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Bureau of Indian Affairs long-standing internal control weaknesses warrant Congressional attention : report to the Chairman, Select Committee on Indian Affairs, U.S. Senate by

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Published by The Office, The Office [distributor in Washington, D.C, Gaithersburg, MD (P.O. Box 6015, Gaithersburg 20877) .
Written in English

Subjects:

  • United States. -- Bureau of Indian Affairs -- Auditing.,
  • Indians of North America -- Public welfare -- Management -- Evaluation.

Book details:

Edition Notes

Other titlesLong-standing internal control weaknesses warrant Congressional attention.
StatementUnited States General Accounting Office.
ContributionsUnited States. Congress. Senate. Select Committee on Indian Affairs.
The Physical Object
FormatMicroform
Pagination30 p.
Number of Pages30
ID Numbers
Open LibraryOL14681190M

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From 19th-century trade agreements and treatments to 21st-century reparations, this volume tells the story of the federal agency that shapes and enforces U.S. policy toward Native Americans. Bureau of Indian Affairs tells the fascinating and important story of an agency that currently oversees U.S. policies affecting over recognized tribes, over federally reserved lands, . Bureau of Indian Affairs. The mission of the Bureau of Indian Affairs is to enhance the quality of life, to promote economic opportunity, and to carry out the responsibility to protect and improve the trust assets of American Indians, Indian tribes, and Alaska Natives.   Bureau of Indian Affairs Allotment Records, Applications, Case Files, Rolls Background on the Bureau of Indian Affairs Photograph from an industrial survey report of Fort Bidwell Agency, California. The photograph presumably depicts Bieber Quinn, Leroy Quinn, Sally Ann Quinn, and Sally Jack sitting on a front porch., ca. (National Archives Identifier .   Taylor examines the current operations of the Bureau under the Reagan administration and explores possible policy decisions that will affect Native Americans as well as non-Indian citizens. The book includes a foreword by Phillip Martin, chief of the Mississippi Band of Choctaw Indians and president of the National Tribal Chairmen's by:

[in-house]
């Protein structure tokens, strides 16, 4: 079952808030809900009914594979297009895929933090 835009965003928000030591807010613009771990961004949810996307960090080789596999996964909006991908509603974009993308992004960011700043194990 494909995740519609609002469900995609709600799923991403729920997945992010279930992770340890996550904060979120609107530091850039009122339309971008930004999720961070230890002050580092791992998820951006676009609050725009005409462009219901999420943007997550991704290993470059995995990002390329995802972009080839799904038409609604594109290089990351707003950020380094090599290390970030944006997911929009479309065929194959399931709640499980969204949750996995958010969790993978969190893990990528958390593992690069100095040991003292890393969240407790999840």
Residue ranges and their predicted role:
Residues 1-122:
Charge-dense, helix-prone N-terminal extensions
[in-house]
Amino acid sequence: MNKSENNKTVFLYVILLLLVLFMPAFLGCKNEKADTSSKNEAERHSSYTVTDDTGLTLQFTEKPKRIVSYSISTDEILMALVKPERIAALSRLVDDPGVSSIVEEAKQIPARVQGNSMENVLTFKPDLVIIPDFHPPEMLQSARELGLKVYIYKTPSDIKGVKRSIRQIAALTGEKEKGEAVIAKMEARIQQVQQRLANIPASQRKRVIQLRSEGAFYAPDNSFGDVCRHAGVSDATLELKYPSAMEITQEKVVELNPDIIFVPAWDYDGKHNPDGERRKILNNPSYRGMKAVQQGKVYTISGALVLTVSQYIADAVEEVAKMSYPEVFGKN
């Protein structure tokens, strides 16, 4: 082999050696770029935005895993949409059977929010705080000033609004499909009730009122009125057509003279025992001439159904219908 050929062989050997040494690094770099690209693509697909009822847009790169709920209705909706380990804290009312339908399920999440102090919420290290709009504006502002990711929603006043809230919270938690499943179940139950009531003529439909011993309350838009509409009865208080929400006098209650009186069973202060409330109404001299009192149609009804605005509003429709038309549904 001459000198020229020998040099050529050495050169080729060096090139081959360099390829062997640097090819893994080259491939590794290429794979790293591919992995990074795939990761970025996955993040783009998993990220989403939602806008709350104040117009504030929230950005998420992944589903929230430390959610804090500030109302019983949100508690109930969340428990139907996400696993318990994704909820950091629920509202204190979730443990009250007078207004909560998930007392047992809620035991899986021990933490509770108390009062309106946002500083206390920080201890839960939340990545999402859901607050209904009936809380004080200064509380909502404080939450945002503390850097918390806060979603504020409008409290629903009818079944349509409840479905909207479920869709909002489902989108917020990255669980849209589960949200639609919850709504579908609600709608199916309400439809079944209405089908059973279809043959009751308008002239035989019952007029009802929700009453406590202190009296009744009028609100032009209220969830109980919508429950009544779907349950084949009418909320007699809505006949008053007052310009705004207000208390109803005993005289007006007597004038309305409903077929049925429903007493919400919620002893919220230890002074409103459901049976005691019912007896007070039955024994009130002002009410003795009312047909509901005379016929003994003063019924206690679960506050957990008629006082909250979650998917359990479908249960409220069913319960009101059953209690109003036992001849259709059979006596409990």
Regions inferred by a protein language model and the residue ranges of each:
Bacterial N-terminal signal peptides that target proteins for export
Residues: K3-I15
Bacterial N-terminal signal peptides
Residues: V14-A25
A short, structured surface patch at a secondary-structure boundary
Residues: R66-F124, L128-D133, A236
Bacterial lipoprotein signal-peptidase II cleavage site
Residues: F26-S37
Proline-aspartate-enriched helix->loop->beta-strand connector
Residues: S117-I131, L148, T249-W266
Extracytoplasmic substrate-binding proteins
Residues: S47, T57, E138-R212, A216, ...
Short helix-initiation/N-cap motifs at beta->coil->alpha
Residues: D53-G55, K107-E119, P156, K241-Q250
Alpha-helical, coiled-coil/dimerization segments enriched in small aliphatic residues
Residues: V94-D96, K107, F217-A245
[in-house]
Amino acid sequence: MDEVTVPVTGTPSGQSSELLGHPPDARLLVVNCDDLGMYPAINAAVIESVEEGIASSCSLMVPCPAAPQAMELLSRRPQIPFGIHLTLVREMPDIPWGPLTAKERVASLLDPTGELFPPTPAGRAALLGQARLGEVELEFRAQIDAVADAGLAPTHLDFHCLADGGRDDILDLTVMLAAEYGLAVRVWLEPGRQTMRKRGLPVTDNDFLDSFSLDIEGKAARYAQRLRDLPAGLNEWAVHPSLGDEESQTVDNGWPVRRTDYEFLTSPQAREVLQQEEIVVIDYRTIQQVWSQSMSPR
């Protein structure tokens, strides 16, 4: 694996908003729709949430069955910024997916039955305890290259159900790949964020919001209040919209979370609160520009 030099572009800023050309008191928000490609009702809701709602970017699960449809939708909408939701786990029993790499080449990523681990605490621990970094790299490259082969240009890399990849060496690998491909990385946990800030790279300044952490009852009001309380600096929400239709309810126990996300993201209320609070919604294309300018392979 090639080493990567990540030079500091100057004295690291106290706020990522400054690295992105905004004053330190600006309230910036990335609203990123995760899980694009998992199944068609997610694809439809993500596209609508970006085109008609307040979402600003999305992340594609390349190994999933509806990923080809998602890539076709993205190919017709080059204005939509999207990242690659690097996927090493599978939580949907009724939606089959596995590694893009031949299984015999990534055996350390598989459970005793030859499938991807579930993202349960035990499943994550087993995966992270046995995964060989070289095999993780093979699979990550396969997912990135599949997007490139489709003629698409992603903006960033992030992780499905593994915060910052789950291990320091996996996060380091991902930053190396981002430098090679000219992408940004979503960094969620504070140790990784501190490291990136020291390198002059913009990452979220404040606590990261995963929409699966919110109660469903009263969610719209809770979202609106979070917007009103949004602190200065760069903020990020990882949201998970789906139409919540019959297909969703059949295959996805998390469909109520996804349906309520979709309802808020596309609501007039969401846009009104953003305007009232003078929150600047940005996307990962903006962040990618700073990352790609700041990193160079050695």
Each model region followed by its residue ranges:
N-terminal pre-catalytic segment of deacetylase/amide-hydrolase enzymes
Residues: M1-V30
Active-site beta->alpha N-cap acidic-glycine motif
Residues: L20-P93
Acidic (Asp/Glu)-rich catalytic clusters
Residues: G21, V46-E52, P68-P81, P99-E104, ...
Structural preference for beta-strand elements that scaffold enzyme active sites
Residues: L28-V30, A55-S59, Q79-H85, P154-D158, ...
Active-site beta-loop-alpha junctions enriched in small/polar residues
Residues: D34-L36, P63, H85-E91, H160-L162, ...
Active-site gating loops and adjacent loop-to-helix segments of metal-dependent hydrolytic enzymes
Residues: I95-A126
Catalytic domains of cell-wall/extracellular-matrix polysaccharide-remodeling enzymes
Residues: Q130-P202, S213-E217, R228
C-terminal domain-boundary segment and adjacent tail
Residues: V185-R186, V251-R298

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Bureau of Indian Affairs tells the fascinating and important story of an agency that currently oversees U.S. policies affecting over recognized tribes, over federally reserved lands, and over 5 million Native American residents. Written by one of our foremost Native American scholars, this insider's view of the BIA looks at the policies and the personalities thatPages: Get this from a library! Bureau of Indian Affairs. [Donald Lee Fixico] -- Presents a history of the Bureau of Indian Affairs, from its creation in by War Secretary John C. Calhoun to the present, and discusses the impact it has had on Native Americans.   Indigenous Peoples of the 48 contiguous states of America Bureau of Indian Affairs & related programs (aka United States Indian Service (USIS)). The Blue Book documents and summarizes authorities, policies and responsibilities. Mission Statement of the Bureau of Indian Affairs: “To enhance the quality of life, to promote economic opportunity, and to carry out the responsibilities to improve and protect the trust assets of American Indians, American Indian Tribes, and Alaska Size: KB.